Different brush strokes produced with the Brushes panel.37
Different brush strokes produced with the Brushes panel. (View large version38)

Tip: Another great feature of the Brushes panel is that it allows you to test the brush while editing it, which makes quick work of setting up the right brush for the job.

To learn more about how this scene was created, check out my “Create a Realistic Pencil Illustration in Adobe Photoshop39” tutorial.

Consider Custom Brush Shapes

Sometimes, just tweaking the settings of an existing brush isn’t enough. Creating a new brush shape (via Edit → Define Brush Preset) opens up more possibilities for achieving natural-looking textures. Brush shapes don’t have to be complex to be effective — I typically work with simple shapes and adjust the settings to fit my needs. A good example of this is the scratches that appear on the paintbrush’s wooden handle in the image below.

The distressed handle of a paintbrush.40
The distressed handle of a paintbrush. (View large version41)

The scratches were created by drawing a simple shape, just like the one in the image below (left). Selecting Edit → Define Brush Preset will add the brush shape to your brushes library. Using the technique from the previous step and adjusting the “Shape Dynamics” and “Scattering” settings in the Brushes panel, we can create a brush that shows scratches (middle). The image on the right shows the brush in use.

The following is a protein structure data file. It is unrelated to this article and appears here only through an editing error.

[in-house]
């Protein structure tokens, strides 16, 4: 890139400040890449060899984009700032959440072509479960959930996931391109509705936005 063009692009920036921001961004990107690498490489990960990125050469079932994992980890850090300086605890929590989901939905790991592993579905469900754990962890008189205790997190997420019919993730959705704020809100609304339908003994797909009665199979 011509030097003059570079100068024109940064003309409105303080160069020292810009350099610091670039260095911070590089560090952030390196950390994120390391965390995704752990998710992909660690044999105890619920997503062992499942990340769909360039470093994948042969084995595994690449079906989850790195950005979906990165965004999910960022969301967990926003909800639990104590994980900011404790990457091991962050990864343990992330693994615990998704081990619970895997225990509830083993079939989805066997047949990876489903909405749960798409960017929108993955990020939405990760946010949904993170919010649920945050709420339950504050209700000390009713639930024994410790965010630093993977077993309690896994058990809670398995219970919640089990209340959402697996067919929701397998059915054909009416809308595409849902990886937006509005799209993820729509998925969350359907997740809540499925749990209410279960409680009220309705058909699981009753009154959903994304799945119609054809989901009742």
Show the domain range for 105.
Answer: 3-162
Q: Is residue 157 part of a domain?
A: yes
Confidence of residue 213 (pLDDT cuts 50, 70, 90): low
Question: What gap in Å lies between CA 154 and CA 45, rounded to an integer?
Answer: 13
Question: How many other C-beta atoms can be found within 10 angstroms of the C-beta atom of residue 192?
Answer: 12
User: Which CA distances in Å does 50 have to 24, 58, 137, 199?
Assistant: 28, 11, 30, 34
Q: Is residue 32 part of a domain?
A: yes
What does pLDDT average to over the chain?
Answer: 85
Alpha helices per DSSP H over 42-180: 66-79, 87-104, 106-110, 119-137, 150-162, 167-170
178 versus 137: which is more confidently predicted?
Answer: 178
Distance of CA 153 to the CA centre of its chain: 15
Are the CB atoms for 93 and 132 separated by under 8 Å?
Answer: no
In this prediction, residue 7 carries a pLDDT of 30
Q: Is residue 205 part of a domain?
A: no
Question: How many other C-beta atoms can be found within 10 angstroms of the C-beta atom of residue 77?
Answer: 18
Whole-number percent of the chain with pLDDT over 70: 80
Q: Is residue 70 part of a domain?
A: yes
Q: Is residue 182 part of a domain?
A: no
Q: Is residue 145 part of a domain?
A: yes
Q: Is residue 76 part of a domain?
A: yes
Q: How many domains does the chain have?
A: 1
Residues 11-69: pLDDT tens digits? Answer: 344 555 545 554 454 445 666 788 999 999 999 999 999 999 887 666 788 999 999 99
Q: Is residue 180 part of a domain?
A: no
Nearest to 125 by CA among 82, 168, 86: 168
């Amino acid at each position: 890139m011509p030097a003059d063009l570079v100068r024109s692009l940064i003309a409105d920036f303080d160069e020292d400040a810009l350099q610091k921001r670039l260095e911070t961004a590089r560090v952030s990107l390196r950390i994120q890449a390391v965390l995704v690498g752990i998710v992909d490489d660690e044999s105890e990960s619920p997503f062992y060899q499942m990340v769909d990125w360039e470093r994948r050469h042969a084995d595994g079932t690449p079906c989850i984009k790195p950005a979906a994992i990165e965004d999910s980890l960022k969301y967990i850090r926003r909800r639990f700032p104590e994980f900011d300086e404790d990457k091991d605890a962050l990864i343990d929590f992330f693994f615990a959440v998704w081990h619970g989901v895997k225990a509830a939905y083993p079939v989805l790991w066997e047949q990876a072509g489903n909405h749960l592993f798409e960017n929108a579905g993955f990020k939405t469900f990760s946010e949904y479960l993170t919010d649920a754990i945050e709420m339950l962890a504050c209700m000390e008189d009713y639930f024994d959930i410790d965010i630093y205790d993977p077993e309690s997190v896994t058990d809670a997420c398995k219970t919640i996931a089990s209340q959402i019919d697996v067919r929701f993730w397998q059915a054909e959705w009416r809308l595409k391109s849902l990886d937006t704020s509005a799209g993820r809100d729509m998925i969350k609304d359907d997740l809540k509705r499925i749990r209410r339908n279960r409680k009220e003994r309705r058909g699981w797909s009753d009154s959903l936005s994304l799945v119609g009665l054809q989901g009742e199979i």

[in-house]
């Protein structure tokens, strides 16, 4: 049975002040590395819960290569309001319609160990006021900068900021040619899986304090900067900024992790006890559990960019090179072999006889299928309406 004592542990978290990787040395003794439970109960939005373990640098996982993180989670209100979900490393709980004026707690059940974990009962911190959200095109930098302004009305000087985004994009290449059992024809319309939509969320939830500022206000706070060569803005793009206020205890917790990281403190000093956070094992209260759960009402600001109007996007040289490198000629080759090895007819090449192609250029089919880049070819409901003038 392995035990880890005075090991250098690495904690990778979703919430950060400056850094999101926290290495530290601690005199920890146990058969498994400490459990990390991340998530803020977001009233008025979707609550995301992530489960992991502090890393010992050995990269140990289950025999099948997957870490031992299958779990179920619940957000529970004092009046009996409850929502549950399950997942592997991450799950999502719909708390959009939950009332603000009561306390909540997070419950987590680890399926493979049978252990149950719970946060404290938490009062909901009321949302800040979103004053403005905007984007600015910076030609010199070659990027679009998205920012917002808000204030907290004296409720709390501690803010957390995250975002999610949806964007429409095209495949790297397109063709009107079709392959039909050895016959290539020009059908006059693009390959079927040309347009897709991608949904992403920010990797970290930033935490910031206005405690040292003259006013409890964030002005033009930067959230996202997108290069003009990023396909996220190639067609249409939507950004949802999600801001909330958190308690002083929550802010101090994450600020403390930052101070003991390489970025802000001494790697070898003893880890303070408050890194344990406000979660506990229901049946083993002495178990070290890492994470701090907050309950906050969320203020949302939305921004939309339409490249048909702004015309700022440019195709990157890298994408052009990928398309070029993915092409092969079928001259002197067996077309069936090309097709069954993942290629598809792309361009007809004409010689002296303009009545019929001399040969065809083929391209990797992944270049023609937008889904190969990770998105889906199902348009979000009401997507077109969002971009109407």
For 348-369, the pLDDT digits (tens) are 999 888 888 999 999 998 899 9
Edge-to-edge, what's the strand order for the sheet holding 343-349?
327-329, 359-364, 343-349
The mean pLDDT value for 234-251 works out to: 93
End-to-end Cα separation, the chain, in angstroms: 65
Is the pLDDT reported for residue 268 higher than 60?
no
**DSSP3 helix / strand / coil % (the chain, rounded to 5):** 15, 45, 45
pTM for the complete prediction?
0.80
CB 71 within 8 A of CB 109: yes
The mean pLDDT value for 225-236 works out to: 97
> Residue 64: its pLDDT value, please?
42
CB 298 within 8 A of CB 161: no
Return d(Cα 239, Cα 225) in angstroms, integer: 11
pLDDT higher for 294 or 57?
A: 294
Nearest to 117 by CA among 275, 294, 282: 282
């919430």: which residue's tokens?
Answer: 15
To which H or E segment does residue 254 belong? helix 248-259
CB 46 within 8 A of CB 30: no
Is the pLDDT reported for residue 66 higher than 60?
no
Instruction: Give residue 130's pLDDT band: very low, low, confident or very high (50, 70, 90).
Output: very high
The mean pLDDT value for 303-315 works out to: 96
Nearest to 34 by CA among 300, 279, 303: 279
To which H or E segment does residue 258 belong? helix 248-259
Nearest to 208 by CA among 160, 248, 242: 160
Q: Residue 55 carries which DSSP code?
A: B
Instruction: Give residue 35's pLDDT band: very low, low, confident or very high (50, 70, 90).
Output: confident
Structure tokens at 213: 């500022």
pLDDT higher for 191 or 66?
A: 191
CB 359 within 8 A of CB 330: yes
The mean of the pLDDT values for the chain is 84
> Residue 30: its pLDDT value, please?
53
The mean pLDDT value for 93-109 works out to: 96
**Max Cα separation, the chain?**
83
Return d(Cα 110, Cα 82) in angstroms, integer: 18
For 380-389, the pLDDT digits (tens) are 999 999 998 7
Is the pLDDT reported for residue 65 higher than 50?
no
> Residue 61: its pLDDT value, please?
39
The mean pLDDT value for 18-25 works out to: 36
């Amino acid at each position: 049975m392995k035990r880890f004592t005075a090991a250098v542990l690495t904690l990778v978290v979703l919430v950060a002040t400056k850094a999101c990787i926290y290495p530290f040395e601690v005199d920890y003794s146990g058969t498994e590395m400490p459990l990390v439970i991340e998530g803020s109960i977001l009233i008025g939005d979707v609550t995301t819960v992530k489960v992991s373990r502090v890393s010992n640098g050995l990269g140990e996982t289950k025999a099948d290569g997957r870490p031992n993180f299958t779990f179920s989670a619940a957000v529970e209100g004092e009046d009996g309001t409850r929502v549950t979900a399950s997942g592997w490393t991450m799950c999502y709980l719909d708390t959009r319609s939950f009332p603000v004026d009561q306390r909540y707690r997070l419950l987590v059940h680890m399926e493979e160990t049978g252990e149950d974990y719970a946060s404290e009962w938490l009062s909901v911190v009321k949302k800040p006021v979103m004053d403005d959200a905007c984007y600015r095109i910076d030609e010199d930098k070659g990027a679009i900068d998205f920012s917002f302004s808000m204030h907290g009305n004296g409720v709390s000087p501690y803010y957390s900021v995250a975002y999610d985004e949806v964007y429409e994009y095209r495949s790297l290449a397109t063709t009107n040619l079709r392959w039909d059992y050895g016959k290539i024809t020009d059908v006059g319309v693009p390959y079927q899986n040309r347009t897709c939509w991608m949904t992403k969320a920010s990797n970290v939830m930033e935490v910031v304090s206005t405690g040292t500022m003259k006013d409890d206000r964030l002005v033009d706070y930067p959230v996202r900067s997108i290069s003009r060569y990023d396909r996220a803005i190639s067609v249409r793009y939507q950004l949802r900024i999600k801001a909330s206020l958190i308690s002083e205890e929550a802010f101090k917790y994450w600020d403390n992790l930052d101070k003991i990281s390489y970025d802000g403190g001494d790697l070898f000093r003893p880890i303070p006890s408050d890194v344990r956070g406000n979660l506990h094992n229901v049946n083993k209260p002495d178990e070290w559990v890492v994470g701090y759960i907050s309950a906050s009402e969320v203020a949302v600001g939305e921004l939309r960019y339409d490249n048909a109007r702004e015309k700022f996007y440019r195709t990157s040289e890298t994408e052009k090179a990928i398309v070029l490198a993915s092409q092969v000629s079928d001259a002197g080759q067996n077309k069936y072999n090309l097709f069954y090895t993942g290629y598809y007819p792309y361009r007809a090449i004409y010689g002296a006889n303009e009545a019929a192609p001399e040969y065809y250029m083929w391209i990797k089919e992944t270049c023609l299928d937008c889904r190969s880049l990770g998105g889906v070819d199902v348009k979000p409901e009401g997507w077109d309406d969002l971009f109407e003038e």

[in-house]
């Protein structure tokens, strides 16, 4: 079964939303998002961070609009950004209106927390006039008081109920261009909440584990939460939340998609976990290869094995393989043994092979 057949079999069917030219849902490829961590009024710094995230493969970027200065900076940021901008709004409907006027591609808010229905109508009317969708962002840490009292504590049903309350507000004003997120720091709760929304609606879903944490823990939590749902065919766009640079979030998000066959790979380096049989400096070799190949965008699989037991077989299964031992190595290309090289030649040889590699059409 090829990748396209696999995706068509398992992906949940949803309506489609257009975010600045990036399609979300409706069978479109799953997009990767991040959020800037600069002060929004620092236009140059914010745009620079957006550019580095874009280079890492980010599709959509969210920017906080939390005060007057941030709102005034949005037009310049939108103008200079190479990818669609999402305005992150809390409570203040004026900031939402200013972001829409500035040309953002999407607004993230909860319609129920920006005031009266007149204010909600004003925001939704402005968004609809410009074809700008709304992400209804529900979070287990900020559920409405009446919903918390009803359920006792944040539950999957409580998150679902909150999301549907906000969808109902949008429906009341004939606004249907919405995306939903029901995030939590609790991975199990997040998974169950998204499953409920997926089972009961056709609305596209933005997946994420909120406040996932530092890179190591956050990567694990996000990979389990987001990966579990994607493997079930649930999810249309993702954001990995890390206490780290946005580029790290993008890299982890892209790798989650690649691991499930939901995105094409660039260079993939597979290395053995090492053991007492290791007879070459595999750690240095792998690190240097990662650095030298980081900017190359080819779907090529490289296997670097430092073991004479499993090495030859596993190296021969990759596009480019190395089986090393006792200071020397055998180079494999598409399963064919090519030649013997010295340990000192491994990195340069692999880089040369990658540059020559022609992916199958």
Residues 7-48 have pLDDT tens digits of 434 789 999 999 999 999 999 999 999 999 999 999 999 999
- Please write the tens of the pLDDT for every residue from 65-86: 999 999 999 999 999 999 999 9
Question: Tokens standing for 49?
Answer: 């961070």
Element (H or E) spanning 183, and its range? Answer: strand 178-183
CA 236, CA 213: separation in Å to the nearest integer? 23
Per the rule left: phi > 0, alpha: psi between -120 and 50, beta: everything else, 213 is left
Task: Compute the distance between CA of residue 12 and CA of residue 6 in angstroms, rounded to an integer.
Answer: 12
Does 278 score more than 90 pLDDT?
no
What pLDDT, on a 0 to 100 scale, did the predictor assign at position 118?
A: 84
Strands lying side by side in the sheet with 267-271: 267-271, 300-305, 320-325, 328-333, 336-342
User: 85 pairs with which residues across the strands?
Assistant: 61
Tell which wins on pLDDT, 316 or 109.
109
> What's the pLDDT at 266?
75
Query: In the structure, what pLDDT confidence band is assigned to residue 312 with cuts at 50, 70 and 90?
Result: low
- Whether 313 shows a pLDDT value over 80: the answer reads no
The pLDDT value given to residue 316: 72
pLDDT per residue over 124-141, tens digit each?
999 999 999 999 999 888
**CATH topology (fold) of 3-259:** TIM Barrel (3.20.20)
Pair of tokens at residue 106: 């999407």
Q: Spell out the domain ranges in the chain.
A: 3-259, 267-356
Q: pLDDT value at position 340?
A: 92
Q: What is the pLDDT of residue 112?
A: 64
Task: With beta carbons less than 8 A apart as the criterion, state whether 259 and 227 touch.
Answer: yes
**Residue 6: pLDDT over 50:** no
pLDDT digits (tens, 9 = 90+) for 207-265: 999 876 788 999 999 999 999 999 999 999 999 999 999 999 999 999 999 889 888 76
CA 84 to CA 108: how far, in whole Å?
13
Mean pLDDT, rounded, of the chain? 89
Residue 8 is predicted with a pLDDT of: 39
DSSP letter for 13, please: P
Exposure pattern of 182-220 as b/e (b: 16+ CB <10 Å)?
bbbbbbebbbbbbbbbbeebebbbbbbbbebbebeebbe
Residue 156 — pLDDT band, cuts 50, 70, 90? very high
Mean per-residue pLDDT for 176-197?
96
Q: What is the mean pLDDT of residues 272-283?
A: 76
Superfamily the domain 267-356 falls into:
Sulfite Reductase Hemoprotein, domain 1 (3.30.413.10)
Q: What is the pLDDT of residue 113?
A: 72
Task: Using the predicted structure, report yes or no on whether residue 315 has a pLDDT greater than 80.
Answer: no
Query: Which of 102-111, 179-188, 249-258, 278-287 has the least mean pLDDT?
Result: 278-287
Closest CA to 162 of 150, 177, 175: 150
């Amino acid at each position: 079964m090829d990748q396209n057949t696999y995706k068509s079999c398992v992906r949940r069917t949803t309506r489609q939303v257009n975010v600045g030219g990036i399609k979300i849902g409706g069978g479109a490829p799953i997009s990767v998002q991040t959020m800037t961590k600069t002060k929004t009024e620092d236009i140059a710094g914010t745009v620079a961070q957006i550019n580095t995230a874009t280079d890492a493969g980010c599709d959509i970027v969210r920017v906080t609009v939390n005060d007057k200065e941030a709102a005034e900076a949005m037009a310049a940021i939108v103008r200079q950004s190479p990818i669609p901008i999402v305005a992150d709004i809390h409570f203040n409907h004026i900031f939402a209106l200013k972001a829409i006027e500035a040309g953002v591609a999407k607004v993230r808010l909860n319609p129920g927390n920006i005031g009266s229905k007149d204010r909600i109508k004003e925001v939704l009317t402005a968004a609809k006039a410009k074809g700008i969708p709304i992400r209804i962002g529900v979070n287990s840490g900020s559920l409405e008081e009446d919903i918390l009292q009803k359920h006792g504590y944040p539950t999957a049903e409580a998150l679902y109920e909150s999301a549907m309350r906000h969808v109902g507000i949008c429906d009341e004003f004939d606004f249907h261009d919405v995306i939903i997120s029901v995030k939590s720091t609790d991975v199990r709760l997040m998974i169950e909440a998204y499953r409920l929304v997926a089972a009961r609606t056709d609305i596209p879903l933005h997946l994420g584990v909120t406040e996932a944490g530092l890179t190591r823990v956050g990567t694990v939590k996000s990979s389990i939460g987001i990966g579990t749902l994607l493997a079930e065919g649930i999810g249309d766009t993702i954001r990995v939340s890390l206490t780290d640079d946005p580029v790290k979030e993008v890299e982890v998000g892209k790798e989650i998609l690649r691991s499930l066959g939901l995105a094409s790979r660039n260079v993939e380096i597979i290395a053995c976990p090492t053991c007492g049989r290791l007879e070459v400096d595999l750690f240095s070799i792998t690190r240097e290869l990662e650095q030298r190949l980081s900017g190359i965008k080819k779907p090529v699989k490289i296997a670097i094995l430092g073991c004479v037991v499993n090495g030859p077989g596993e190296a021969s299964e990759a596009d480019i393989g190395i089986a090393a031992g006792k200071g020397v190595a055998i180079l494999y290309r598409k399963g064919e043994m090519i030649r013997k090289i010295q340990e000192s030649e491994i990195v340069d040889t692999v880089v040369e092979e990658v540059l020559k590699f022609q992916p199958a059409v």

A custom brush shape used to add texture.42

A custom brush shape used to add texture. (View large version43)

Use the Brush Tool to Paint With Layer Styles

This next technique allows you to literally paint with texture. It combines the Brush tool and layer styles to easily create some complex texturing effects. The trick is to set the layer’s “Fill” setting to 0% in order to hide the brush strokes and focus on the layer style. The image below demonstrates the technique. In this case, I used the technique to paint dents onto the metal frame.

Worn-out sign with dented metal frame.44
Worn-out sign with dented metal frame. ( View large version45)

The technique works best when you use a brush shape that already has some variation. This could be a custom brush or one of Photoshop’s several preset brushes, such as the “Charcoal 59 px” brush seen in the image below.

The Charcoal preset brush.46
The Charcoal preset brush. (View large version47)

Following one of the previous techniques, I’ve used the Brushes panel to adjust the “Shape Dynamics” and “Scattering” settings to produce more variation in the brush’s actual stroke, as seen in the image below (left). Before using the brush, just create a new layer with a Bevel and Emboss layer style, and then set the “Fill” setting to 0% (which will hide the stroke color but keep the layer style visible). Now, when painting on this layer, you can literally paint with texture (right).